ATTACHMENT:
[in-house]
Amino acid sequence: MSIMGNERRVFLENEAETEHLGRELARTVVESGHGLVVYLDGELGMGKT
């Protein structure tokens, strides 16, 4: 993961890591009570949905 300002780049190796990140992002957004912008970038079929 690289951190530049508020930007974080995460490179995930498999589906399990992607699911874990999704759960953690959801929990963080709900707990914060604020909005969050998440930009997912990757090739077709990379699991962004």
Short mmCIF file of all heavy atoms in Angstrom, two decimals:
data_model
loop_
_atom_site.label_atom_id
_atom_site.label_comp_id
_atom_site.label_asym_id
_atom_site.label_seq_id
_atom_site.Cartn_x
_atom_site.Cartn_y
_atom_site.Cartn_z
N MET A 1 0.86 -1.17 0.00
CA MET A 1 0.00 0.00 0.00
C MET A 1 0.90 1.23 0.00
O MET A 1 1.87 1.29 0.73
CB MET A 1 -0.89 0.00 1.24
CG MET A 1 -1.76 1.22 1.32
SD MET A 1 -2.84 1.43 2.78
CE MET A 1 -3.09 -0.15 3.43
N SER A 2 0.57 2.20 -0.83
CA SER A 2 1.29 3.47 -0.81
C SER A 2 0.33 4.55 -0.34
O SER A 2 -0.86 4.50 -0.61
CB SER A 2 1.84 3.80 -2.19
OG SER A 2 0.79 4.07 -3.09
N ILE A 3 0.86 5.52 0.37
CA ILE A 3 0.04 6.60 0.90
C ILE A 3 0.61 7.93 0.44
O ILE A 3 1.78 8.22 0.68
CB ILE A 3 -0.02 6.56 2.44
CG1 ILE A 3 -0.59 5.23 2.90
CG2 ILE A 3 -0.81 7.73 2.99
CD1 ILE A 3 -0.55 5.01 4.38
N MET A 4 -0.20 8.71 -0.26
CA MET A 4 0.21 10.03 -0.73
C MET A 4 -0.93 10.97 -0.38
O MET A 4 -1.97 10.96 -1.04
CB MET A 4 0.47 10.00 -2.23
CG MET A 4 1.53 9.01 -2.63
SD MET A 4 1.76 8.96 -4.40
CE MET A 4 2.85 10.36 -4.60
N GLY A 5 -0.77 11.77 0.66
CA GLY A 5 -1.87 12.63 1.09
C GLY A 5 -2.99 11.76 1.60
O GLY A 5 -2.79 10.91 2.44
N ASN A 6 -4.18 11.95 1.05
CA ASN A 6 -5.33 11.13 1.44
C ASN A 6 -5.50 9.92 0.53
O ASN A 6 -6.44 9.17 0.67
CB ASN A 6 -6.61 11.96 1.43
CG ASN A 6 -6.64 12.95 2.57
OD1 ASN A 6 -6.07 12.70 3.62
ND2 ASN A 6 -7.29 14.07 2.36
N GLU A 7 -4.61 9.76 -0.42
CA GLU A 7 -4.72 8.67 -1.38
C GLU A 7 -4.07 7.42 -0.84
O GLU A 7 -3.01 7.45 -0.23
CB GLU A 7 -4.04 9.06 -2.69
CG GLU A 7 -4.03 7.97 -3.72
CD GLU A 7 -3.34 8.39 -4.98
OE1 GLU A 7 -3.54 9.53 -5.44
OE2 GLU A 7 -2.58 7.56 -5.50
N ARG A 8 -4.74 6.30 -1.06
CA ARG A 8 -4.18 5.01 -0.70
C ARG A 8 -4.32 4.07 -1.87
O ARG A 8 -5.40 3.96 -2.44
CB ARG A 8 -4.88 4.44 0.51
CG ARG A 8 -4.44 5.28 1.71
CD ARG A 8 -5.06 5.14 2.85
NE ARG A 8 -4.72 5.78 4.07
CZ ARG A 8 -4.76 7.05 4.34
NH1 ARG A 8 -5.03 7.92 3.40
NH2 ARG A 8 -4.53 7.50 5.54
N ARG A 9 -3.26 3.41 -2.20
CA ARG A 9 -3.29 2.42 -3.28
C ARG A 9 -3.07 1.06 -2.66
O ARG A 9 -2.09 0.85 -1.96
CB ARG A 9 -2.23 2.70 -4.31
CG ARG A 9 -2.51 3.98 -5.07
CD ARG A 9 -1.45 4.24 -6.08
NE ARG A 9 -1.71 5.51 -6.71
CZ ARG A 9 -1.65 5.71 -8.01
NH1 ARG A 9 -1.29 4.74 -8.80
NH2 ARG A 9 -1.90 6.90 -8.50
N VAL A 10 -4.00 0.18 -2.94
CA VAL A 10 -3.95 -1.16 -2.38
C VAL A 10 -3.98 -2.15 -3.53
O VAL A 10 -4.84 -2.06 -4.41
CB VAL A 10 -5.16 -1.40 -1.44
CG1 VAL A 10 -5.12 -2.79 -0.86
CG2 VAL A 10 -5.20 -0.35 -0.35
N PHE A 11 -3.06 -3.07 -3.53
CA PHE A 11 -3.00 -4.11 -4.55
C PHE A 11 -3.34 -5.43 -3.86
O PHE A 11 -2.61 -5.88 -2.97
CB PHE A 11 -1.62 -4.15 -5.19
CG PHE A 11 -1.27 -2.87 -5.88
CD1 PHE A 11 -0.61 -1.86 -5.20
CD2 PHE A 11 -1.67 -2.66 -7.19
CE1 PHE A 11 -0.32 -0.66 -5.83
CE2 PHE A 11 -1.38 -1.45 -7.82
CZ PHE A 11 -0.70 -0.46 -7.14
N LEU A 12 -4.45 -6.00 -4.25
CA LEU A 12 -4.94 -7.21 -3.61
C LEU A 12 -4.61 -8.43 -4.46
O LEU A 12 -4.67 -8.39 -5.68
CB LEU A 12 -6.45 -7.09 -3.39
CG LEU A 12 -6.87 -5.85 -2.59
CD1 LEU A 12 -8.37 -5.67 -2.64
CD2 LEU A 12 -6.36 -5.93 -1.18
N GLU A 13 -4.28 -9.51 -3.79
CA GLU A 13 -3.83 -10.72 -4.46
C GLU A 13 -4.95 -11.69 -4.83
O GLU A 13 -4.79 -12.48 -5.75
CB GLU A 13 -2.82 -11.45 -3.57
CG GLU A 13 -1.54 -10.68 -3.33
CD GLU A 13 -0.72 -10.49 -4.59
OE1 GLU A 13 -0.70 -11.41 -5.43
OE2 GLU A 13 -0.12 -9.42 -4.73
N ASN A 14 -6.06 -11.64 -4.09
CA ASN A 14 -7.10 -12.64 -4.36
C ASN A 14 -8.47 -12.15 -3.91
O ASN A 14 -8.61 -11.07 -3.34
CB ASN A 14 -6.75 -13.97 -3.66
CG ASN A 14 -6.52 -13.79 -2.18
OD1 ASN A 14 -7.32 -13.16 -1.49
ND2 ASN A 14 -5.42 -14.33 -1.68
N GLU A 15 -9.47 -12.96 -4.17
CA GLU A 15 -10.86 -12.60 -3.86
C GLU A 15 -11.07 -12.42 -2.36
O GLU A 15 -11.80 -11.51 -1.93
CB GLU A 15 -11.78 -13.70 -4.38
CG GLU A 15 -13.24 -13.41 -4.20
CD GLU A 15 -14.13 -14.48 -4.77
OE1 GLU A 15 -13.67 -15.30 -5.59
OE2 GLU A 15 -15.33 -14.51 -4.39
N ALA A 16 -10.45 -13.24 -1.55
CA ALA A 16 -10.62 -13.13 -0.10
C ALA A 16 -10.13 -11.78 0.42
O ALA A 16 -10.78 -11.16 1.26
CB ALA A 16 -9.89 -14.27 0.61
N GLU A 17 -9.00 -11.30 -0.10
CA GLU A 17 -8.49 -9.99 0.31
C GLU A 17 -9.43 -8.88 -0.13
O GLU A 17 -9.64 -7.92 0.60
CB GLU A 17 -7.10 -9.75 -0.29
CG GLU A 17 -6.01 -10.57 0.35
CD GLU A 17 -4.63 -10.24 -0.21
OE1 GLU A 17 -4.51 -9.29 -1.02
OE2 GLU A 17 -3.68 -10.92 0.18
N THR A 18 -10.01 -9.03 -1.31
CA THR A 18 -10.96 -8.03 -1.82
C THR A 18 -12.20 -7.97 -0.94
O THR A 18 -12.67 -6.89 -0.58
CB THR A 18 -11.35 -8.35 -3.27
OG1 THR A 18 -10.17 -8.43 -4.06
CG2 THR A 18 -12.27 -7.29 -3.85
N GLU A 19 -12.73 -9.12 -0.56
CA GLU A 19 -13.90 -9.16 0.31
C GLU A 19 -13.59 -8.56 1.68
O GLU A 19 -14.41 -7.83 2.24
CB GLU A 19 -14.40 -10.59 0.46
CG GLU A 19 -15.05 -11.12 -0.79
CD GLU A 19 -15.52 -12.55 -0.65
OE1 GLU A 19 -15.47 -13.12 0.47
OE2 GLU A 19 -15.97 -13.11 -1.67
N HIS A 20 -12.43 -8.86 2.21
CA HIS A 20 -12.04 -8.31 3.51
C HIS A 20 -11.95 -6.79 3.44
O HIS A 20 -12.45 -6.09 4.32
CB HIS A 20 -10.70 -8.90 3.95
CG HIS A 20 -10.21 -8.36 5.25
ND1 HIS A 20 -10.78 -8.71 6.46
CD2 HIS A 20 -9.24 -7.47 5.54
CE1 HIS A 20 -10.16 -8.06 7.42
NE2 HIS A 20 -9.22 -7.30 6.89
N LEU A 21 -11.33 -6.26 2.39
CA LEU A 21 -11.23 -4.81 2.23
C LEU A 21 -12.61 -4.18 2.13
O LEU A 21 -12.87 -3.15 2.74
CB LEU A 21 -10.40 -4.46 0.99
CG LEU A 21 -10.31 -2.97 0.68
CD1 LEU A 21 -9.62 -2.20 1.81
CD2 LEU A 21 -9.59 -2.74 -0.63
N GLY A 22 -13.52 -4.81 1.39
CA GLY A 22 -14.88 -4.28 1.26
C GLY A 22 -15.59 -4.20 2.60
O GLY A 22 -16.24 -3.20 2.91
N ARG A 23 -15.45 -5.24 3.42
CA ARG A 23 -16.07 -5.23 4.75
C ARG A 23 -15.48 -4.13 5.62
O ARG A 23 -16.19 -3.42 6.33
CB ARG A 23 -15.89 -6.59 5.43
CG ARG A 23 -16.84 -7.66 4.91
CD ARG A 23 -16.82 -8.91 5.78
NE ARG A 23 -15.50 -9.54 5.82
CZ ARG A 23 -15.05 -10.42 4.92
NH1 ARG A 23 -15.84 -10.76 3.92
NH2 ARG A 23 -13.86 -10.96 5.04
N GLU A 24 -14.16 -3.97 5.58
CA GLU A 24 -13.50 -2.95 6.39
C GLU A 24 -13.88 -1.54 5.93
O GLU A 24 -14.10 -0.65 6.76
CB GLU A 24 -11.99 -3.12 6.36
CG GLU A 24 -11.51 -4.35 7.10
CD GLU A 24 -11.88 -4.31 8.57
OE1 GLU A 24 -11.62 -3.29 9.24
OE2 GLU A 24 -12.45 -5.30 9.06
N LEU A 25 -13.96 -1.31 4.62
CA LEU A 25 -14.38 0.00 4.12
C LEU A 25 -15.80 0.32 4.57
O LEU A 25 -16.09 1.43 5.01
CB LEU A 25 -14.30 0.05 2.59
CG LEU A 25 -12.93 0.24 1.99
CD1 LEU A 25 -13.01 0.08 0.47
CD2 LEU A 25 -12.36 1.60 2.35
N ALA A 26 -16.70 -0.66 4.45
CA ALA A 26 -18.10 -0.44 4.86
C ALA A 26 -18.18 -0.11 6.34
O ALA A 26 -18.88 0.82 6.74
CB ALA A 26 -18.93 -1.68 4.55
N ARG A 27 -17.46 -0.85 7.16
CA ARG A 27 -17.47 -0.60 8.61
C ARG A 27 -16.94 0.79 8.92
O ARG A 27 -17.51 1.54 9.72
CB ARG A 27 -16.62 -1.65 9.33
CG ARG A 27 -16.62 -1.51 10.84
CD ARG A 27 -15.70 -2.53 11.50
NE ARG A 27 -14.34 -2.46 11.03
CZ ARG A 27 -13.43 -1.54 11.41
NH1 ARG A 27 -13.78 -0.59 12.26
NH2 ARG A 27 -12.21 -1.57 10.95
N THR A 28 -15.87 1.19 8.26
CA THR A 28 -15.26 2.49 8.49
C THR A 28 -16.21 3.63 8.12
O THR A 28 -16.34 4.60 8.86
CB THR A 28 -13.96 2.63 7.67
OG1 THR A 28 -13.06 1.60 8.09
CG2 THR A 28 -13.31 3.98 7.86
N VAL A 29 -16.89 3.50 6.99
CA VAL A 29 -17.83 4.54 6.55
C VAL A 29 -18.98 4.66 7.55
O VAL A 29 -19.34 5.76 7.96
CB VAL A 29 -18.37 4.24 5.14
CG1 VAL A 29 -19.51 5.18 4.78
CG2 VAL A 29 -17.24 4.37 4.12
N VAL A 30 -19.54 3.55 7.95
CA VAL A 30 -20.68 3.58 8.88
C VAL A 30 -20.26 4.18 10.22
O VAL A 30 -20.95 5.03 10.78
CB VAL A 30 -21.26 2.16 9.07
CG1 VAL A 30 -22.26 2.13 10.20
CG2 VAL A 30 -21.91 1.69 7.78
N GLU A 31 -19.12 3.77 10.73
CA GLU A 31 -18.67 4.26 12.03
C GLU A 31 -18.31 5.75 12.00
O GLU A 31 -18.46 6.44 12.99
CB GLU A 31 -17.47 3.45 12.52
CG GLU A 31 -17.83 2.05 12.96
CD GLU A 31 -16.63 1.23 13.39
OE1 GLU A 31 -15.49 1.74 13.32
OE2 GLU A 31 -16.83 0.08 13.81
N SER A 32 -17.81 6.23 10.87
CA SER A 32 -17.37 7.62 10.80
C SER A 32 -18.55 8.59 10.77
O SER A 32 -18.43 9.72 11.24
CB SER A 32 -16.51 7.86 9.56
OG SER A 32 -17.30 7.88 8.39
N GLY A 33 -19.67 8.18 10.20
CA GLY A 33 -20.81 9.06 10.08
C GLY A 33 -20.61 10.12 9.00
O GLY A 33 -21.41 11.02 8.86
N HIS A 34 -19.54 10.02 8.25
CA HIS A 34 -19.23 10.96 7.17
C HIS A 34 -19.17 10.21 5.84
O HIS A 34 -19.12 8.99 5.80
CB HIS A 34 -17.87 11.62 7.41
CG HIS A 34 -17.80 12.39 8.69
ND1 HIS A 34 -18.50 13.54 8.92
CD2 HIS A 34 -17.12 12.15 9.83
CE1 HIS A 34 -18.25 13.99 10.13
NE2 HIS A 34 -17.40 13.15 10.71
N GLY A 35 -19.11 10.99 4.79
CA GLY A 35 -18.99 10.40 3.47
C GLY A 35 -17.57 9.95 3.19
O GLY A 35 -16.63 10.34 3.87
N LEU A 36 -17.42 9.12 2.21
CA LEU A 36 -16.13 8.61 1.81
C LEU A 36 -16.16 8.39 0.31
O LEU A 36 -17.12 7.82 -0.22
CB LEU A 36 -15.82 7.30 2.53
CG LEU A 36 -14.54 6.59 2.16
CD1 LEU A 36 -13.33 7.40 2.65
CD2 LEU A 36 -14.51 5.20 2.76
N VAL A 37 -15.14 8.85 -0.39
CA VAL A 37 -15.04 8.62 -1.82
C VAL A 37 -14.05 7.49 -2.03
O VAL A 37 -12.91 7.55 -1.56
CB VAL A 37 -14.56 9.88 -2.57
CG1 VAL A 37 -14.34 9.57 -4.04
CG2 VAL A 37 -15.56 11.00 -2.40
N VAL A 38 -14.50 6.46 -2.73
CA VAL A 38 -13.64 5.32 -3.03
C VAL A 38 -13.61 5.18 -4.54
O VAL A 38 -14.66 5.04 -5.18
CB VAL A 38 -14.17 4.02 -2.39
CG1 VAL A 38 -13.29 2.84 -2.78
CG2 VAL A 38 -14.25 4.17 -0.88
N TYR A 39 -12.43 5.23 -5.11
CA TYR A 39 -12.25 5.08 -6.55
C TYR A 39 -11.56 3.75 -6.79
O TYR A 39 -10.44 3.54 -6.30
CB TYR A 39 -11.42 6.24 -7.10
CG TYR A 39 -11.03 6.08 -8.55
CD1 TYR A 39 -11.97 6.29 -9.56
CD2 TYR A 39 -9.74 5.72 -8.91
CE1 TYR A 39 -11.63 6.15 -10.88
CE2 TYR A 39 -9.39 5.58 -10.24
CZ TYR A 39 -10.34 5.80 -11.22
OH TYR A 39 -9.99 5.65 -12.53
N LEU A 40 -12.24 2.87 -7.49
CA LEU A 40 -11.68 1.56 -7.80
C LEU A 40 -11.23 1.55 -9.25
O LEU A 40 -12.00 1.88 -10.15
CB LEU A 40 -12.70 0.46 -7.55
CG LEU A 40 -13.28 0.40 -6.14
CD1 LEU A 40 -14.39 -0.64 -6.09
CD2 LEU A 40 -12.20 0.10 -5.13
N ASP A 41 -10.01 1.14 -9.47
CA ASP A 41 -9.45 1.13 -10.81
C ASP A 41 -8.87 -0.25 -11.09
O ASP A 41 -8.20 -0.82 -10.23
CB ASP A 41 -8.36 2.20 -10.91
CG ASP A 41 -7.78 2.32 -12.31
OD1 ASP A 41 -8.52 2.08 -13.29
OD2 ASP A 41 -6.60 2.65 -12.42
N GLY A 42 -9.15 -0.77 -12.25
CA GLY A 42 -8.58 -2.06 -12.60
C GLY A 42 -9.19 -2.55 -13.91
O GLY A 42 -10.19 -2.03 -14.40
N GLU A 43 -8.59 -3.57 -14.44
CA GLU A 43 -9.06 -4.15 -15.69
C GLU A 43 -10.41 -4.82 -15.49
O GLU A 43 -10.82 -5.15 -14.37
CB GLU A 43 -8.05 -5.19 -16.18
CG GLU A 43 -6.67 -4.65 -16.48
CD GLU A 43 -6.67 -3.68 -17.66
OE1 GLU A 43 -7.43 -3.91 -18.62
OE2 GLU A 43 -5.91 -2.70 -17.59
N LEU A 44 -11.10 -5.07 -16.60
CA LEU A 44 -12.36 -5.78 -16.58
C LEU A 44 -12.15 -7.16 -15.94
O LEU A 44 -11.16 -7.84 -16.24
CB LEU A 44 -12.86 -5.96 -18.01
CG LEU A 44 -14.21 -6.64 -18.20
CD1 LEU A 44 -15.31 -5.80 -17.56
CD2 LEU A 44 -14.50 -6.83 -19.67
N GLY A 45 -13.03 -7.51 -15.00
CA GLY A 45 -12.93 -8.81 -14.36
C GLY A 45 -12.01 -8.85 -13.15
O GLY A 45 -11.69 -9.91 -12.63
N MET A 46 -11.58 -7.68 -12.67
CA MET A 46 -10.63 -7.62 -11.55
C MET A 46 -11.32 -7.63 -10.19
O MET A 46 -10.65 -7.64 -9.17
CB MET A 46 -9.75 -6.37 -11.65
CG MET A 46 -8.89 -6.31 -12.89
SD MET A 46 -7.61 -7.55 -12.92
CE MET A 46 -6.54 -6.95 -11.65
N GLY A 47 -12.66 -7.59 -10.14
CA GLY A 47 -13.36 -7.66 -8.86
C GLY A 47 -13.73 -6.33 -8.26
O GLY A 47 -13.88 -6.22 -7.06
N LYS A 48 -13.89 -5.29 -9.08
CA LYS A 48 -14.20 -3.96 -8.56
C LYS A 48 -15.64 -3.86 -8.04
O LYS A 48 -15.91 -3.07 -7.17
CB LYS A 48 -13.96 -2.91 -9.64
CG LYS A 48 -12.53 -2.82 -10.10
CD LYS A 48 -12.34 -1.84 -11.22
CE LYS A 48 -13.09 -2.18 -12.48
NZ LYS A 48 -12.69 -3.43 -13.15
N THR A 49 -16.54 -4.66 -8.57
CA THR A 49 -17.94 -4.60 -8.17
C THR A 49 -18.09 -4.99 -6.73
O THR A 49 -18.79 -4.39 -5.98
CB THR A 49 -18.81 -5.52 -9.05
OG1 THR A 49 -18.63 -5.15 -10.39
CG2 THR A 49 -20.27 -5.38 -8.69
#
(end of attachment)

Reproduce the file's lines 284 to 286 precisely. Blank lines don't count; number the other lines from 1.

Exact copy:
NE2 HIS A 34 -17.40 13.15 10.71
N GLY A 35 -19.11 10.99 4.79
CA GLY A 35 -18.99 10.40 3.47